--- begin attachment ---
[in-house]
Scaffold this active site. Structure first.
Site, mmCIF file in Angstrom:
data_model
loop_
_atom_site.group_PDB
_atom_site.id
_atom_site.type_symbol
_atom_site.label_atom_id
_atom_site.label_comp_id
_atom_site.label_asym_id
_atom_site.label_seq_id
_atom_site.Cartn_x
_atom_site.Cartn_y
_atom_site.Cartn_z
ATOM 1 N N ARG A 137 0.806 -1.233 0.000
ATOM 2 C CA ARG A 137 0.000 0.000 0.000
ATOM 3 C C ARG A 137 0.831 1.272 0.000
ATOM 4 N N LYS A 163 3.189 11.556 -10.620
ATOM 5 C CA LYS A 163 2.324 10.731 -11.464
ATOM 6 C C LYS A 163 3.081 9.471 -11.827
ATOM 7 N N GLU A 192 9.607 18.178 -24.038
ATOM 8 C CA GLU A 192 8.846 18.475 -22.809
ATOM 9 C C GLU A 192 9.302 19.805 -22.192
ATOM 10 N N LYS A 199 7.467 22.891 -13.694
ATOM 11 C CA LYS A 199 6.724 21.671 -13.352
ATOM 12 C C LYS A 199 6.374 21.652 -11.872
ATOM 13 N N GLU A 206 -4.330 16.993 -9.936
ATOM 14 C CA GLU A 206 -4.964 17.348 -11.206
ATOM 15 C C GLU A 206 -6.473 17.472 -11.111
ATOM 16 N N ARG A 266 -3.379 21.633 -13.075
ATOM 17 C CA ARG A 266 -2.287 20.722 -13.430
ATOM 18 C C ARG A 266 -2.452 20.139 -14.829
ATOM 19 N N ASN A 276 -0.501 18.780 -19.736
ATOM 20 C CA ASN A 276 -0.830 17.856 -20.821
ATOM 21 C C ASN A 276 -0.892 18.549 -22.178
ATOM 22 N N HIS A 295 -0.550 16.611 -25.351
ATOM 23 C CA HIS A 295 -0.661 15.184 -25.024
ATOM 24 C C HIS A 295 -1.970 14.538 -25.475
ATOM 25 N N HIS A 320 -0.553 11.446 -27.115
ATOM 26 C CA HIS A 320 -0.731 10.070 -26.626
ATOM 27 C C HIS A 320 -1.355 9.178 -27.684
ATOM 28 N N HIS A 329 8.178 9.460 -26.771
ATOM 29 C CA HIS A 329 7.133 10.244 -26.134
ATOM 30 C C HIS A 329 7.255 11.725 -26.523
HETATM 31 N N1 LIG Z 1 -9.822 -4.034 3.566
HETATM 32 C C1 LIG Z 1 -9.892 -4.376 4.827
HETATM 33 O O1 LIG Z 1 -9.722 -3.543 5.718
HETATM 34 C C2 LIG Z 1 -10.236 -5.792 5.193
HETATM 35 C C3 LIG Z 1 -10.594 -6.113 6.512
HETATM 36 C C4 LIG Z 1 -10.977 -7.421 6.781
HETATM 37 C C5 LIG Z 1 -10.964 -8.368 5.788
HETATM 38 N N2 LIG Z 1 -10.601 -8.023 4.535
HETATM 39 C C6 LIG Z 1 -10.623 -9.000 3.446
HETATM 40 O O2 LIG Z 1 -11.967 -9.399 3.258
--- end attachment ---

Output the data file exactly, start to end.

[in-house]
Scaffold this active site. Structure first.
Site, mmCIF file in Angstrom:
data_model
loop_
_atom_site.group_PDB
_atom_site.id
_atom_site.type_symbol
_atom_site.label_atom_id
_atom_site.label_comp_id
_atom_site.label_asym_id
_atom_site.label_seq_id
_atom_site.Cartn_x
_atom_site.Cartn_y
_atom_site.Cartn_z
ATOM 1 N N ARG A 137 0.806 -1.233 0.000
ATOM 2 C CA ARG A 137 0.000 0.000 0.000
ATOM 3 C C ARG A 137 0.831 1.272 0.000
ATOM 4 N N LYS A 163 3.189 11.556 -10.620
ATOM 5 C CA LYS A 163 2.324 10.731 -11.464
ATOM 6 C C LYS A 163 3.081 9.471 -11.827
ATOM 7 N N GLU A 192 9.607 18.178 -24.038
ATOM 8 C CA GLU A 192 8.846 18.475 -22.809
ATOM 9 C C GLU A 192 9.302 19.805 -22.192
ATOM 10 N N LYS A 199 7.467 22.891 -13.694
ATOM 11 C CA LYS A 199 6.724 21.671 -13.352
ATOM 12 C C LYS A 199 6.374 21.652 -11.872
ATOM 13 N N GLU A 206 -4.330 16.993 -9.936
ATOM 14 C CA GLU A 206 -4.964 17.348 -11.206
ATOM 15 C C GLU A 206 -6.473 17.472 -11.111
ATOM 16 N N ARG A 266 -3.379 21.633 -13.075
ATOM 17 C CA ARG A 266 -2.287 20.722 -13.430
ATOM 18 C C ARG A 266 -2.452 20.139 -14.829
ATOM 19 N N ASN A 276 -0.501 18.780 -19.736
ATOM 20 C CA ASN A 276 -0.830 17.856 -20.821
ATOM 21 C C ASN A 276 -0.892 18.549 -22.178
ATOM 22 N N HIS A 295 -0.550 16.611 -25.351
ATOM 23 C CA HIS A 295 -0.661 15.184 -25.024
ATOM 24 C C HIS A 295 -1.970 14.538 -25.475
ATOM 25 N N HIS A 320 -0.553 11.446 -27.115
ATOM 26 C CA HIS A 320 -0.731 10.070 -26.626
ATOM 27 C C HIS A 320 -1.355 9.178 -27.684
ATOM 28 N N HIS A 329 8.178 9.460 -26.771
ATOM 29 C CA HIS A 329 7.133 10.244 -26.134
ATOM 30 C C HIS A 329 7.255 11.725 -26.523
HETATM 31 N N1 LIG Z 1 -9.822 -4.034 3.566
HETATM 32 C C1 LIG Z 1 -9.892 -4.376 4.827
HETATM 33 O O1 LIG Z 1 -9.722 -3.543 5.718
HETATM 34 C C2 LIG Z 1 -10.236 -5.792 5.193
HETATM 35 C C3 LIG Z 1 -10.594 -6.113 6.512
HETATM 36 C C4 LIG Z 1 -10.977 -7.421 6.781
HETATM 37 C C5 LIG Z 1 -10.964 -8.368 5.788
HETATM 38 N N2 LIG Z 1 -10.601 -8.023 4.535
HETATM 39 C C6 LIG Z 1 -10.623 -9.000 3.446
HETATM 40 O O2 LIG Z 1 -11.967 -9.399 3.258